Species endemic to Brazil.
Bird symbol of the Atlantic. One of the most spectacular birds in the world. The Tanager-blood (Ramphocelus bresilius), also known as ox-blood, tiê-fire, chau-Baêta and tapiranga, is a South American passerine bird in the tanager family. Recognized the beauty of its red plumage.
The male's plumage is a bright red, which gave rise to the name. Of the wings and tail are black. The species show sexual dimorphism, with the female's plumage less showy, of brown color on the tops and reddish-brown in the lower.
The immature male is similar to female in breeding plumage but the bill is totally black and not brown. An important feature of Ramphocelus genre, which occurs exclusively in males, is the gleaming white callus at the base of the jaw.
Despite the beauty of the plumage, this species is not considered among those with more beautiful singing. The call vocalization (or warning) is very hard. The song is a melodious and trisyllabic chirp, which is often repeated without hurry. Sometimes, some people vocalize together.
Weighs approximately 31 grams and measures 19 inches long.
The Tanager-blood is frugivorous, with preference for the fruits of embaúba. As the trees of the genus Cecropia are quite common in areas where recovery and in locations near watercourses or water reserves, the Tanager-blood, though often fall victim to smuggling, is not immediately threatened with extinction.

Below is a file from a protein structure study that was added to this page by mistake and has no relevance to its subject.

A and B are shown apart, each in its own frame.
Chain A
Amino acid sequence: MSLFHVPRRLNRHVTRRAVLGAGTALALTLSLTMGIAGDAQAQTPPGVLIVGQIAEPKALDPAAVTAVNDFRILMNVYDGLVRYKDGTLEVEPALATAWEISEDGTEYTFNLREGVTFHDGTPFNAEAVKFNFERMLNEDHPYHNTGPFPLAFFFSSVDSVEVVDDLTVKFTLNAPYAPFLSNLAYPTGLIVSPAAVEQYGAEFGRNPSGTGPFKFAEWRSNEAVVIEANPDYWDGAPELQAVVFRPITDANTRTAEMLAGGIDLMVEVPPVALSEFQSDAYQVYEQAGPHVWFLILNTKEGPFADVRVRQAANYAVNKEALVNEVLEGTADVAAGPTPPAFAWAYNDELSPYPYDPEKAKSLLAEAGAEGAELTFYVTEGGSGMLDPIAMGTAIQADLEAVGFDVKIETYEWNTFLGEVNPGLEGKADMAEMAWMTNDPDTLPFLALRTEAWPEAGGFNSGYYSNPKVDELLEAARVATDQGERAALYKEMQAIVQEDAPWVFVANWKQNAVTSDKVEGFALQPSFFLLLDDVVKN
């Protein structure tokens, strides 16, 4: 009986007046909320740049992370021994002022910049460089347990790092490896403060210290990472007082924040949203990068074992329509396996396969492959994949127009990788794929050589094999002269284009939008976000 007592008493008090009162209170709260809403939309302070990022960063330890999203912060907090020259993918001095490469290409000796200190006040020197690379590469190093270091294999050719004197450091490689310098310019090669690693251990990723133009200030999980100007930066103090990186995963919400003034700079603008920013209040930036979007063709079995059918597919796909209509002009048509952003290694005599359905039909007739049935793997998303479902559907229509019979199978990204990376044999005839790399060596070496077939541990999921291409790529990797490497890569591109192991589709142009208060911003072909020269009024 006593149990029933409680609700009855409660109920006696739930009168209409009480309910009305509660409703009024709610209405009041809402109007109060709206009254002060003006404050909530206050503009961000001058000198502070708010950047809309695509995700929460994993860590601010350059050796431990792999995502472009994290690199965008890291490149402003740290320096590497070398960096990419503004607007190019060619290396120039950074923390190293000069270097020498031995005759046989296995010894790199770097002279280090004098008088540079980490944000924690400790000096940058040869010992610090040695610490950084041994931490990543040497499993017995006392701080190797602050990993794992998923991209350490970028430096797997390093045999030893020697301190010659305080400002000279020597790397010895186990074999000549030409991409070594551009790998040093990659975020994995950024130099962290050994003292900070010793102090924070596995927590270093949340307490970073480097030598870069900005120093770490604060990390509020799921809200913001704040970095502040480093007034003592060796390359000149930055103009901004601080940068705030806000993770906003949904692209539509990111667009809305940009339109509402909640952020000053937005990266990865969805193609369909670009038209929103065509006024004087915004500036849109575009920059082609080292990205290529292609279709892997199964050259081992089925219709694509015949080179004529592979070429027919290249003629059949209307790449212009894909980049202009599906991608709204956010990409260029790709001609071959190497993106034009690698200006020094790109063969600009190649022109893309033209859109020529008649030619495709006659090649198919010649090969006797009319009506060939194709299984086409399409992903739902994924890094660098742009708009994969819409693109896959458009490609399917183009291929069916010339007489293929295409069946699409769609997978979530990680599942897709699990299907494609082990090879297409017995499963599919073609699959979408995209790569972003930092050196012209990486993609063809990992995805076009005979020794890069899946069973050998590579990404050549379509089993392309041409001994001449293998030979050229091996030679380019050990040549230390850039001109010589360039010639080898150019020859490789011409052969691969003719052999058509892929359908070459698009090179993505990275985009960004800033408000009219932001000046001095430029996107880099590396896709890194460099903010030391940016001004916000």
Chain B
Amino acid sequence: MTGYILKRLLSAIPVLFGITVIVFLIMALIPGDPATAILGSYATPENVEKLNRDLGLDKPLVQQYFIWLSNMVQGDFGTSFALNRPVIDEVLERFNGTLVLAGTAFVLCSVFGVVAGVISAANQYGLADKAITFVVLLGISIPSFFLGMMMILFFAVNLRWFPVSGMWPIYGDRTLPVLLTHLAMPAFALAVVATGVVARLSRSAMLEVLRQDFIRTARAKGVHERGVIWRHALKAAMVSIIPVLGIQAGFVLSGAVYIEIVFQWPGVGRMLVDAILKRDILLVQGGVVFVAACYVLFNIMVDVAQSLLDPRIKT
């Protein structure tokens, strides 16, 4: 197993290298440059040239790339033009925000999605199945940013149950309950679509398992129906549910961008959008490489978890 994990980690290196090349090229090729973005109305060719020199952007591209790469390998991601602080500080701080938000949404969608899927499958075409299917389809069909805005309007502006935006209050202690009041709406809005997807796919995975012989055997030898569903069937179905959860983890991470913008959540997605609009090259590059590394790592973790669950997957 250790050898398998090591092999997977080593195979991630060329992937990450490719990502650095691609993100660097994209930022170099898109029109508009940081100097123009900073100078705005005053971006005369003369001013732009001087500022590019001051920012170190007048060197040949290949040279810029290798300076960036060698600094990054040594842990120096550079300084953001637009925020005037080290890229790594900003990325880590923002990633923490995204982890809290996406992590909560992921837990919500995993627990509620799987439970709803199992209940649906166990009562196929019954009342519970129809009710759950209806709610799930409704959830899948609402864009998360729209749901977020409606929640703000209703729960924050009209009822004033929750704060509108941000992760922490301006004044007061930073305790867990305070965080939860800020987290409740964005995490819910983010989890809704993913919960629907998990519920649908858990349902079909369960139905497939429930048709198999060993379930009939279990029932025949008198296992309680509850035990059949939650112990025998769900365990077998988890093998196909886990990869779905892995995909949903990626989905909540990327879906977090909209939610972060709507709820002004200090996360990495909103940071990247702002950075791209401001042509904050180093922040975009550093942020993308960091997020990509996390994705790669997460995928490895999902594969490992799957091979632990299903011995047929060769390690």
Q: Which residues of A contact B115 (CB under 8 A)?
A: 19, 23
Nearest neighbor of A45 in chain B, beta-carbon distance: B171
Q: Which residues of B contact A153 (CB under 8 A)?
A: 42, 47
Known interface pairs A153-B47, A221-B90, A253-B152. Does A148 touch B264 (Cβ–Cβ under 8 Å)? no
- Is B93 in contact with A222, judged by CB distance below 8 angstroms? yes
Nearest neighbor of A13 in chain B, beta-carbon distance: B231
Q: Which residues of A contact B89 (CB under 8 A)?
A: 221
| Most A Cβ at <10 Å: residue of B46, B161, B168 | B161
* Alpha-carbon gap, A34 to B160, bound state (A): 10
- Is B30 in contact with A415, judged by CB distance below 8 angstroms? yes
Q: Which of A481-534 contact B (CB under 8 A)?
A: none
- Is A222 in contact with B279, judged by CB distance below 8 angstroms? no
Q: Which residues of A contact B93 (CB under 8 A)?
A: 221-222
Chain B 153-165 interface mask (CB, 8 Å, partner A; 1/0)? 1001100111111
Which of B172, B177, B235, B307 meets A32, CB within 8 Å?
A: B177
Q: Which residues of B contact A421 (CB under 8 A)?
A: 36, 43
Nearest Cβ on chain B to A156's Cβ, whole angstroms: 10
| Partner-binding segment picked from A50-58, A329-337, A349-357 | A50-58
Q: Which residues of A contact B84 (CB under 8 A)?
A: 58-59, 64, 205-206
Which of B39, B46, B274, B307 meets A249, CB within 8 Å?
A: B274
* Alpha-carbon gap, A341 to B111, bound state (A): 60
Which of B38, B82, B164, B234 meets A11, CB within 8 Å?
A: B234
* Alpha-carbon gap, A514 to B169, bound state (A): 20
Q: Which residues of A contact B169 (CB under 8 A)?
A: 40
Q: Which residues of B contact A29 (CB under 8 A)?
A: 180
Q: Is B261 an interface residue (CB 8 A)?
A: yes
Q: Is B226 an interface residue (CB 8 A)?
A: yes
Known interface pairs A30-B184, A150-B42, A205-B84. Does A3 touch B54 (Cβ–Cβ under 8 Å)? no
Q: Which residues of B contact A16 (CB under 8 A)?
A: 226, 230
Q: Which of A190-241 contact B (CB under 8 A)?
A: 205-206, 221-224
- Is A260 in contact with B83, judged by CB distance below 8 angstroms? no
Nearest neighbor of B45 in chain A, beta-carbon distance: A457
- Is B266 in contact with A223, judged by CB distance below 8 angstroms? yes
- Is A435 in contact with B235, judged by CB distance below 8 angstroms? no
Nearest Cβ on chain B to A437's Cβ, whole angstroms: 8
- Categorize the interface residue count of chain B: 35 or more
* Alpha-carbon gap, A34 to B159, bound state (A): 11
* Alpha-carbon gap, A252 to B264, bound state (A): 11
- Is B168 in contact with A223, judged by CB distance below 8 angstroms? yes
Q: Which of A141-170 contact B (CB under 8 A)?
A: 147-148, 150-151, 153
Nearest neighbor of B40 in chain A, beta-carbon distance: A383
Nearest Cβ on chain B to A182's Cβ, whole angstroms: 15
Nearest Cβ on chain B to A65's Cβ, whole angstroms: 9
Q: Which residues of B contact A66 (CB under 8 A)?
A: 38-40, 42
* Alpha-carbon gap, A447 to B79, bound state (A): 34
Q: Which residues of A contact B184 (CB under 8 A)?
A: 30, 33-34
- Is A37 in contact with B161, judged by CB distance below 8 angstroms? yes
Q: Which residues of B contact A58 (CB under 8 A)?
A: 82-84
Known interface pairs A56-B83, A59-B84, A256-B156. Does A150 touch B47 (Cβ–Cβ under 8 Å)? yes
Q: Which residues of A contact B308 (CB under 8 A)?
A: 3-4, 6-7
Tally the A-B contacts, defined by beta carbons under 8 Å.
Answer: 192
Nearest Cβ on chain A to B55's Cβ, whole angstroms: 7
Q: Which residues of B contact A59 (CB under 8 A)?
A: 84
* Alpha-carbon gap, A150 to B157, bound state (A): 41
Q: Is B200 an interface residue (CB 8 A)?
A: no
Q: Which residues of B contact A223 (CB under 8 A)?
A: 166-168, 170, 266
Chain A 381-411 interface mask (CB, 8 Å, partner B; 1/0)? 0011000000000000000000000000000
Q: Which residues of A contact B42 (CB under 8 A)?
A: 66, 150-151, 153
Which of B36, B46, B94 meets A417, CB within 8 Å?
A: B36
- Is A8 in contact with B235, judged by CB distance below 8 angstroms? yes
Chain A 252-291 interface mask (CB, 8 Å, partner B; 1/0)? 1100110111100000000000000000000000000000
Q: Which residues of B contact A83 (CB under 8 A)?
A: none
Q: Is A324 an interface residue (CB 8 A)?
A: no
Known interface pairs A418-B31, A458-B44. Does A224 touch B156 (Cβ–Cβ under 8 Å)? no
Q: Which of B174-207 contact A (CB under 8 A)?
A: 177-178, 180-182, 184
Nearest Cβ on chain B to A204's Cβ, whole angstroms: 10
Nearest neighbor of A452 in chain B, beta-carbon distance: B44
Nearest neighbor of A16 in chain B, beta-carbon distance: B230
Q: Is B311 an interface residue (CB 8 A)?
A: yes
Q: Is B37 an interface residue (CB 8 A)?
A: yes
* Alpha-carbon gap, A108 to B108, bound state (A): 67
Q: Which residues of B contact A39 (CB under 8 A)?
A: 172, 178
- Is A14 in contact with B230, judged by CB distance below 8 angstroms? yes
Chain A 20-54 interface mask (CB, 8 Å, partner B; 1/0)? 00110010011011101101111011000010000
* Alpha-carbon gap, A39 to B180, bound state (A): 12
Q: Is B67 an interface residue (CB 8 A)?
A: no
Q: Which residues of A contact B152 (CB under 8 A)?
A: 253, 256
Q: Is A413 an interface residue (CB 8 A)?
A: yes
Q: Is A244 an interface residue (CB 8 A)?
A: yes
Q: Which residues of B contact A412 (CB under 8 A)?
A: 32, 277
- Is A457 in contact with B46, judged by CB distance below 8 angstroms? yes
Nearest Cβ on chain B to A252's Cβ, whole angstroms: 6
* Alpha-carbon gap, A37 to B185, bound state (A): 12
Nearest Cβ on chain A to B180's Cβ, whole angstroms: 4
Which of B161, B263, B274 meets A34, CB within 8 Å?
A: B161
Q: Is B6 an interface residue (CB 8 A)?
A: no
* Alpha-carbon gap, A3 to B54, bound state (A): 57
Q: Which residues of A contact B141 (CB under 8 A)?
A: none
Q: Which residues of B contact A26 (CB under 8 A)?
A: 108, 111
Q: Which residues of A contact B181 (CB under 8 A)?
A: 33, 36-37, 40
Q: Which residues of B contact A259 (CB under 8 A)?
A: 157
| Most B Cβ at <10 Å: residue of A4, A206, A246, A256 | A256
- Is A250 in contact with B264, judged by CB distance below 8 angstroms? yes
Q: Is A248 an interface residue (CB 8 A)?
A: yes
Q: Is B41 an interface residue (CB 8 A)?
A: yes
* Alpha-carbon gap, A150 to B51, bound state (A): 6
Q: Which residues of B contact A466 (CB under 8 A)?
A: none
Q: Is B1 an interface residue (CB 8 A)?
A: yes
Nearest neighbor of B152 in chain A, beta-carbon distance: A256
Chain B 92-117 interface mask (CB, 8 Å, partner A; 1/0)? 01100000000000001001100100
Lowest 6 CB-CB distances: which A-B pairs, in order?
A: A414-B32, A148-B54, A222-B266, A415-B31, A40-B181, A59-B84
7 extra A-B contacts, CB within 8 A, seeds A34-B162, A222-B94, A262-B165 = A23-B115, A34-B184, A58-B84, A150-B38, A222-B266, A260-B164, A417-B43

It feeds on insects and worms. One factor that benefited the maintenance of blood-Tanager and other tanagers the population on the coast of the Southeast, was the extensive cultivation of bananas, which provides a rich source of food throughout the year, a large number of species.
Enjoying the fruits of fruit-of-thrush or marianeira (Acnistus arborescens)
Plays in the spring and summer. Reaches sexual maturity at 12 months. But the superb red and black plumage of the male is only acquired in the second year of life. It makes its nest-shaped basket and is often lined with materials like, palm fiber, sisal fiber, coconut fiber and grass root. The female lays two or three eggs glossy blue-green with black spots, weighing an average of 3 grams. Only the female incubates, however after the birth of the puppies, several individuals feed the offspring, including males. Their nests are often parasitized by the species turns shit (Molothrus bonariensis). The postures occur two to three times per season with 13 day incubation period, the pups become independent approximately 35 days after birth.
During mating the males usually lift the head vertically, displaying the most of gleaming base of the jaw so as to attract the female.
Their behavior is similar to that of pipira-red (Ramphocelus carbo), but live more pairs than in small groups. Usually frequent feeders.
Varies uncommon to locally common in low barns, forest edges, salt marshes and plantations, sometimes also in parks and city squares.